Lithuanian Canadian community marches in Toronto to honor freedom fighters

The Lithuanian Canadian community in Toronto organized a march on January 9 to honor their country’s freedom defenders who resisted the Soviet Union in 1991.

The walkers carried handmade forget-me-not bouquets during the ‘Road of Life and Death’ starting at Lithuania Park in western Toronto, stopping at places in Lithuania along the way and ending at the Lithuanian Church of the Resurrection and the neighboring Lithuanian Nursing Home Labdara and Lithuanian Resurrection Credit Union in Etobicoke.

This Thursday, January 13, marks the 31st anniversary of the day the Soviet Union used force to overthrow the Lithuanian government, which declared Lithuanian independence the year before.

“For us, participating in this march was a way to join Lithuanians and friends of Lithuania across Canada and the world, as we ‘grew’ and ‘planted’ our forget-me-not flower meadow in major Lithuanian settlements. of Toronto to honor the past and cherish the role that our Lithuanian spaces have played in shaping our community, ”Skaidra Puodziunas, former president of the Canadian Lithuanian Youth Association, said in a statement.

“By wearing the forget-me-not flower badges, we remember and honor those killed in the Soviet military aggression in Vilnius in January 1991.”

Puodziunas was accompanied by Lina Samonis, president of the Canadian Association of Young Lithuanians, Monika Satkauskas, vice-president of the association, and Daina Sablinskas, another former president of the association.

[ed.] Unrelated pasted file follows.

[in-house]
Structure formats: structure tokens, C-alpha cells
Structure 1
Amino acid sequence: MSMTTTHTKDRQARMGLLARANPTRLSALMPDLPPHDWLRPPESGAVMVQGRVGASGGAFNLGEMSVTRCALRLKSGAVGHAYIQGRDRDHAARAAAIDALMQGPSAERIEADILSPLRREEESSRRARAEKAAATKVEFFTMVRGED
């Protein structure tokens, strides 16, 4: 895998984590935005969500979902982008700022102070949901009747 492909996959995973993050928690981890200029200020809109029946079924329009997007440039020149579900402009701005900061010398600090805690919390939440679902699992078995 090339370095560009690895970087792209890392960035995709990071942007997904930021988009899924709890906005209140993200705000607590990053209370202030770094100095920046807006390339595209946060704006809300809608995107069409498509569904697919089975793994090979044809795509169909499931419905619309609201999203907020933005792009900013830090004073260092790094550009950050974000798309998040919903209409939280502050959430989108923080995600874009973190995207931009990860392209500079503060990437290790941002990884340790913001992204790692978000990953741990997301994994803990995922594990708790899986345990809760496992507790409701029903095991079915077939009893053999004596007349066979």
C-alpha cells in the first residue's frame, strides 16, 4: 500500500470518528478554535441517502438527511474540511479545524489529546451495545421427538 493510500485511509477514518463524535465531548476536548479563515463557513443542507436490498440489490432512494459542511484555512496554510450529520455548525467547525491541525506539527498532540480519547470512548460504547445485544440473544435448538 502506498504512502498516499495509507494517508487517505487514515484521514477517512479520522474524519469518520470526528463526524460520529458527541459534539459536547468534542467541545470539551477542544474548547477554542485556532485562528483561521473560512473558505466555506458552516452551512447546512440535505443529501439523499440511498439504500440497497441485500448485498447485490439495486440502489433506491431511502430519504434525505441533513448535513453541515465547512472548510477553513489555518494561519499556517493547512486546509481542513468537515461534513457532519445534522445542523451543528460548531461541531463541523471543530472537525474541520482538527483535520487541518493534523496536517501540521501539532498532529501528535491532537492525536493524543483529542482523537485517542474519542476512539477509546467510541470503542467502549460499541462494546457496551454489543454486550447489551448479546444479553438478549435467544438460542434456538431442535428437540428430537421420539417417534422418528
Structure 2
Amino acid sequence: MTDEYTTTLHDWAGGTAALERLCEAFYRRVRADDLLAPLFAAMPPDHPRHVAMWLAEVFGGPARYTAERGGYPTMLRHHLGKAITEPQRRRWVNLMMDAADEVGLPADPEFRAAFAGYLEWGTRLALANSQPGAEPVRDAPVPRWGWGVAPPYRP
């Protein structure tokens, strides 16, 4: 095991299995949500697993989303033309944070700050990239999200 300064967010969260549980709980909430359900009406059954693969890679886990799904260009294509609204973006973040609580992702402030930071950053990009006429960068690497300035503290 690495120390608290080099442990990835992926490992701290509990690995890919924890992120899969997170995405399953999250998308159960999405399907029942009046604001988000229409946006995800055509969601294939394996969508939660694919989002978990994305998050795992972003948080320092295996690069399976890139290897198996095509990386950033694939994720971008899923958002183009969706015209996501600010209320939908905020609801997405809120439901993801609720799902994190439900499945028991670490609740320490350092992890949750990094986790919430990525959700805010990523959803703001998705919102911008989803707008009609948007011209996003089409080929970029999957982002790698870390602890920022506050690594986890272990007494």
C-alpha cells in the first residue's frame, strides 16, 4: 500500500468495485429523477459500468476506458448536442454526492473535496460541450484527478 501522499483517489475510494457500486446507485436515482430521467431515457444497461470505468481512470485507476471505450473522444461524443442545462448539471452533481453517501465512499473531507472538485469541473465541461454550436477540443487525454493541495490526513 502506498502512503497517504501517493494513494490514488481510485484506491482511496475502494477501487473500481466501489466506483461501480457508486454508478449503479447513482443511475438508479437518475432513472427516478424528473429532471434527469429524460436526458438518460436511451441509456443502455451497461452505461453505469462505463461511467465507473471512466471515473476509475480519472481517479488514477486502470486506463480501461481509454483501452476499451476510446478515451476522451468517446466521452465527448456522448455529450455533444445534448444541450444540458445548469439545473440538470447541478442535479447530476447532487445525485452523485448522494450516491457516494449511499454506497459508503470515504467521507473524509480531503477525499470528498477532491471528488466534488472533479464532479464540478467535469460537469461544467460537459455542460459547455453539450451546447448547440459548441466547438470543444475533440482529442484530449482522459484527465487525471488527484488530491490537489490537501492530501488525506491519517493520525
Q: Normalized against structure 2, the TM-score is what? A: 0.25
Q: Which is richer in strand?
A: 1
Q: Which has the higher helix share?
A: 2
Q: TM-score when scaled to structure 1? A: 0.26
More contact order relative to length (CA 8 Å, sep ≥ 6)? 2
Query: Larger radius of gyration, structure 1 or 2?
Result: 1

Puodziunas said it was the leadership of Lithuanian Ambassador to Canada Darius Skusevicius who, with a team, organized a march in Ottawa and called on others to do the same in across the country, which inspired their march to Toronto.

On January 11, 1991, Soviet troops stormed the Press Palace, the seat of most Lithuanian newspapers.

Thousands of unarmed people gathered near parliament, television towers and radio and television headquarters to defend Lithuania’s campaign for independence.

The BBC reported on January 13, 1991 that Soviet troops broke the defenses of more than 1,000 demonstrators gathered in front of the television tower in the capital Vilnius to take a stand against the Soviet army. Many Lithuanians refused to retreat, and sporadic gunfire continued for at least 90 minutes.

Fourteen people died and more than 700 unarmed civilians were injured.

Finally, Boris Yeltsin, then President of the Russian Federation, finally recognized the independence of Latvia, Estonia and Lithuania on September 7, 1991; the three nations were admitted to the United Nations later that month.

At the end of the year, the Soviet Union was replaced by the Commonwealth of Independent Republics, with many states achieving full independence. Soviet President Mikhail Gorbachev resigned from his post on Christmas Day 1991.

The walk west of Toronto is nine kilometers – the same distance between the Lithuanian TV Tower, where the defenders of freedom were killed, and the Antakalnis Cemetery in Lithuania, where they are buried, Puodziunas explained.

The 2016 census reported nearly 60,000 people of Lithuanian origin in Canada. The vast majority, 59 percent, live in Ontario, but significant populations live in British Columbia, Quebec and Alberta.


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